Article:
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**Kinematics equations for constant acceleration**

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Example 2.4 A motorcyclist heading east through a small Iowa city accelerates after he passes the signpost marking the city limits. His acceleration is a constant 4.0 m/s2. At time t = 0 he is 5.0 m east of the signpost, moving east at 15 m/s. Find his position and velocity at time t = 2.0 s. Where is the motorcyclist when his velocity is 25 m/s?

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Example 2.5 A motorist traveling with a constant speed of 15 m/s passes a school crossing corner, where the speed limit is 10 m/s. Just at the motorist passes, a pplice officer on a motorcycle stopped at the corner starts off in pursuit with constant acceleration of 3.0 m/s2. How much time elapses before the officer catches up with the motorist? What is the officer’s speed at that point? What is the total distance each vehicle has traveled at that point?

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**Test your understanding 2.4**

Four possible vx-t graphs are shown for the two vehicles in example 2.5. which graph is correct?

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example At what time after t = 0 does the object again pass through its initial position? 9 s During which interval does the particle have the same average acceleration as 12 s < t < 14 s? v (m/s) 20 9s < t < 11s 2s < t < 5s 0s < t < 3s 3s < t < 7s 5s < t < 11s 10 5 10 14 -10 -20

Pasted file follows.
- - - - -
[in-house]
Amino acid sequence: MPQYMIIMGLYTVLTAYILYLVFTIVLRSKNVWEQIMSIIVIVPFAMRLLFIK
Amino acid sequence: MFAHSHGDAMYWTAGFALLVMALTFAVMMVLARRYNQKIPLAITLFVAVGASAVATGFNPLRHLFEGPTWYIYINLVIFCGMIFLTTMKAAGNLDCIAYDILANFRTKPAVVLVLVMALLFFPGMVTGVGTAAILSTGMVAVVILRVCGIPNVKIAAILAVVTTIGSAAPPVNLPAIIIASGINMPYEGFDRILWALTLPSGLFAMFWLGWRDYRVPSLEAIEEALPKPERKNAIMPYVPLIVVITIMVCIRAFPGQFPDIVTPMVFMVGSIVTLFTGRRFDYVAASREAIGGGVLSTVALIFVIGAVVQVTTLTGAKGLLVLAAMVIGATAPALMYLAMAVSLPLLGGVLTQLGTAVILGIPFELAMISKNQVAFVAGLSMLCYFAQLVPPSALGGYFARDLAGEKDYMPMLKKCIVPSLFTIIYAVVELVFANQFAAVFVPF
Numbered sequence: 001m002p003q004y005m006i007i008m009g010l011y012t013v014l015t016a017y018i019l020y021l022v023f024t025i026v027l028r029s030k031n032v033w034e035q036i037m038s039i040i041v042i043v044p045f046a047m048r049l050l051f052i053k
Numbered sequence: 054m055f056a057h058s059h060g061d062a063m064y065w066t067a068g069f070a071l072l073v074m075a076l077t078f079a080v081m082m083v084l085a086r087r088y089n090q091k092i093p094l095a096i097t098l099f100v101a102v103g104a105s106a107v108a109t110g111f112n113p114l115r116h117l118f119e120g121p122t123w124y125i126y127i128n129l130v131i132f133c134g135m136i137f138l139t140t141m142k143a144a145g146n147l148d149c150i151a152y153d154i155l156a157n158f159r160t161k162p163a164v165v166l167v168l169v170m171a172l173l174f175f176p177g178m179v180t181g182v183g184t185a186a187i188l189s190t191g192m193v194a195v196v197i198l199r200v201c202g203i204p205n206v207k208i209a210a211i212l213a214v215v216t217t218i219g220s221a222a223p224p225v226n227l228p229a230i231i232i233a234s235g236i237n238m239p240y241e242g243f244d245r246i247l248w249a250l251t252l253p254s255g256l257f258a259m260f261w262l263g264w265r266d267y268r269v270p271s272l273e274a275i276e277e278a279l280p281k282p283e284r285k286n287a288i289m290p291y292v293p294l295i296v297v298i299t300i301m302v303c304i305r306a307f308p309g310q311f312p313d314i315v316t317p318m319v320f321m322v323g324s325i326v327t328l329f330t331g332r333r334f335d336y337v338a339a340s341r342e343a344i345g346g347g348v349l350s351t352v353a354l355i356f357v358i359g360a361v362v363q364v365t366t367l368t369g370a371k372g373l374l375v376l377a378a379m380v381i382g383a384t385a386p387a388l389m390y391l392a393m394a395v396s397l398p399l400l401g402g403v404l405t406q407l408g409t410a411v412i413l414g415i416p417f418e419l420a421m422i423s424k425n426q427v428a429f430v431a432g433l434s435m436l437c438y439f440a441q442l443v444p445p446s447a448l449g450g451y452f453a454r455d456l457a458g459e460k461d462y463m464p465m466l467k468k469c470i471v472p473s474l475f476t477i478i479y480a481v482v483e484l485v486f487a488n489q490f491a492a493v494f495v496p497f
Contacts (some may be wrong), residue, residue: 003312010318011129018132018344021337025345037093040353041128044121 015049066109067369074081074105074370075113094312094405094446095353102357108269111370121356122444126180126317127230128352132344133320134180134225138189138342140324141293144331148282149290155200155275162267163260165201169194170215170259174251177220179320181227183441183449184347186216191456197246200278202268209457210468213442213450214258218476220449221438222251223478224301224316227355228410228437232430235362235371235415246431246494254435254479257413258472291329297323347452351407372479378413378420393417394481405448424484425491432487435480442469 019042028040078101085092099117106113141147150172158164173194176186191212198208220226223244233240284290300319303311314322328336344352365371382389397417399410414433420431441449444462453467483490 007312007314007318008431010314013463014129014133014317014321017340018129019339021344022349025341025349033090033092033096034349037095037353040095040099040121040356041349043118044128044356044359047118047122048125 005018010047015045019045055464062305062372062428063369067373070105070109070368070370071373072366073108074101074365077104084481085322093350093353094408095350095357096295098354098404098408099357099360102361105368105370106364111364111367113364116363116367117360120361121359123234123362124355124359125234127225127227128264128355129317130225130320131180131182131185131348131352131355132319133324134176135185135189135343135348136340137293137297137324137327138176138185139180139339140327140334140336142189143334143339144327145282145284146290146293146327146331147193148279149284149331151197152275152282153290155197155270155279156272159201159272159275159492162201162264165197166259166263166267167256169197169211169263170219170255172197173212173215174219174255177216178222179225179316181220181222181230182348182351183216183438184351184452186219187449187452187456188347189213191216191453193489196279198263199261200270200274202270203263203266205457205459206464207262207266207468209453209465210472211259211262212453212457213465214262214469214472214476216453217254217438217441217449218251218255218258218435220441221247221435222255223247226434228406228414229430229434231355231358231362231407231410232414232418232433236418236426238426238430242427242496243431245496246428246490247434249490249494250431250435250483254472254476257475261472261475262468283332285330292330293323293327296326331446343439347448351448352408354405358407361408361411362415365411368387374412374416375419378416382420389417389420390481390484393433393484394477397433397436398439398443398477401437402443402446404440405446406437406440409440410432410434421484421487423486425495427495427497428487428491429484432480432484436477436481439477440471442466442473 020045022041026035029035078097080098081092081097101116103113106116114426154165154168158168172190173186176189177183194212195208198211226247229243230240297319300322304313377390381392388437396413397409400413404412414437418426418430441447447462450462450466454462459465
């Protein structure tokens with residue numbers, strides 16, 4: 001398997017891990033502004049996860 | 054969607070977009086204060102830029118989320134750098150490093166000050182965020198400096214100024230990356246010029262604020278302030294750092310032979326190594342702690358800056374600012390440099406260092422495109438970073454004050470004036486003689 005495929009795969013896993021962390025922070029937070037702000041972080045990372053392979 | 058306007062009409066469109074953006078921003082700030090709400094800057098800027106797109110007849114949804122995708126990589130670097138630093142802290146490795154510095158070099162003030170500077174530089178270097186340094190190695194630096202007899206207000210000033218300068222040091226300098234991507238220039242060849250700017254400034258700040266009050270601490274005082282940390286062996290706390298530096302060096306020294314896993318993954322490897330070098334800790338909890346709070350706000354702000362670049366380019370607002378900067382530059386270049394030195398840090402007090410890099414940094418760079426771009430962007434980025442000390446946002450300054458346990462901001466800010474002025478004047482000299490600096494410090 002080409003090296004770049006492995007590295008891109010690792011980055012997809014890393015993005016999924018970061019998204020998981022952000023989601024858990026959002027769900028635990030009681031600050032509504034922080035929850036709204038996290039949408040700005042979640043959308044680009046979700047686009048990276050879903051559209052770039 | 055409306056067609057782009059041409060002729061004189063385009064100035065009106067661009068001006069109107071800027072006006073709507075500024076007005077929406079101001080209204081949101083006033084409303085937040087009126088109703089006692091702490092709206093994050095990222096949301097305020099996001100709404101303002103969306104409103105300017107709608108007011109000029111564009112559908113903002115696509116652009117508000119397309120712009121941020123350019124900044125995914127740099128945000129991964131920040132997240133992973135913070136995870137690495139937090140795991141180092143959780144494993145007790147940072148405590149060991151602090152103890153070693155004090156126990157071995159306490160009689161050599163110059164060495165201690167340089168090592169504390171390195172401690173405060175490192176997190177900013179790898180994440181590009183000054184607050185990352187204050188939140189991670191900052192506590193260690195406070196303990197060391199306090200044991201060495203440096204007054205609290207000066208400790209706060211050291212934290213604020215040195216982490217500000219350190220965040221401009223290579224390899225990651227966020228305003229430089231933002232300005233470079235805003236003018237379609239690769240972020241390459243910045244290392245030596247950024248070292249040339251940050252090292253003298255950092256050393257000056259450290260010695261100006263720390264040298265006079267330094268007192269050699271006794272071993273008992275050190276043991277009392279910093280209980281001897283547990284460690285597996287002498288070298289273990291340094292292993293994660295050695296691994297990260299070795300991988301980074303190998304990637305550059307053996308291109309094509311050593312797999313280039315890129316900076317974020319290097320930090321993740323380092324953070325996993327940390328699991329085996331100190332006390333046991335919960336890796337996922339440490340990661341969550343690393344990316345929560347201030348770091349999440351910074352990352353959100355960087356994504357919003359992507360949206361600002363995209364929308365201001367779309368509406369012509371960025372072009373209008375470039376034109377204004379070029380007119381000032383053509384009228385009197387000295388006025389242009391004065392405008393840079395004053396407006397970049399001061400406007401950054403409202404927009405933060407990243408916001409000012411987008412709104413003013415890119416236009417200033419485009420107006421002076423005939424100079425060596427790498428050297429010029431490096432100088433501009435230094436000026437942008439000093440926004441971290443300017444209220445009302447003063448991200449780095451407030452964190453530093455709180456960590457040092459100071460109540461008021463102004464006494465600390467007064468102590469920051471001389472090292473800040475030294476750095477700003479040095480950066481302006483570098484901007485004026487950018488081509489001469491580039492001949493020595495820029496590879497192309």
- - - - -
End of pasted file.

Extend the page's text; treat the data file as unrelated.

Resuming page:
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**Example 2.22 a. b. 1 mi/hr = 0.447 m/s 173 mi/h = 77.3 m/s**

The catapult of the aircraft carrier USS Abraham Lincoln accelerates an F/A-18 Hornet jet fighter from rest to a takeoff speed of 173 mi/h in a distance of 307 ft. Assume constant acceleration. Calculate the acceleration of the fighter in m/s2 Calculate the time required for the fighter to accelerate to takeoff speed. 1 mi/hr = m/s 173 mi/h = 77.3 m/s 1 ft = m 307 ft = 93.6 m a. ax = 32.0 m/s2 b. t = 2.42 s

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Example v t The graph above shows velocity v versus time t for an object in linear motion. Sketch a graph of position x versus time t for this object? x t

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**2.5 Free Falling Bodies a = -g**

If we ignore air friction and the effects due to the earth’s rotation, all objects fall and rise at the constant acceleration. The constant acceleration of a freely falling body is called the acceleration due to gravity, and we use letter g to represent its magnitude. Near the earth’s surface g = 9.81 m/s/s = 32 ft/s/s On the surface of the moon, g = 1.6 m/s/s On the surface of the sun, g = 270 m/s/s a = -g

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Example 2.6 A one-euro coin is dropped from the Leaning Tower of Pisa. It starts from rest and falls freely. Compute its position and velocity after .1.0 s. 2.0 s, and 3.0 s.

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Example 2.7 You throw a ball vertically upward from the roof of a tall building. The ball leaves your hand at a point even with the roof railing with an upward speed of 15.0 m/s; the ball is then in free fall. On its way back down, it just misses the railing. At the location of the building, g = 9.80 m/s2. find The position and velocity of the ball 1.00 s and 4.00 s after leaving your hand The velocity when the ball is 5.00 m above the railing The maximum height reached and the time at which it is reached The acceleration of the ball when it is at its maximum height.

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**Velocity and acceleration at the highest point**

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Example 2.8 Find the time when the ball in Example 2.7 is 5.00 m below the roof railing.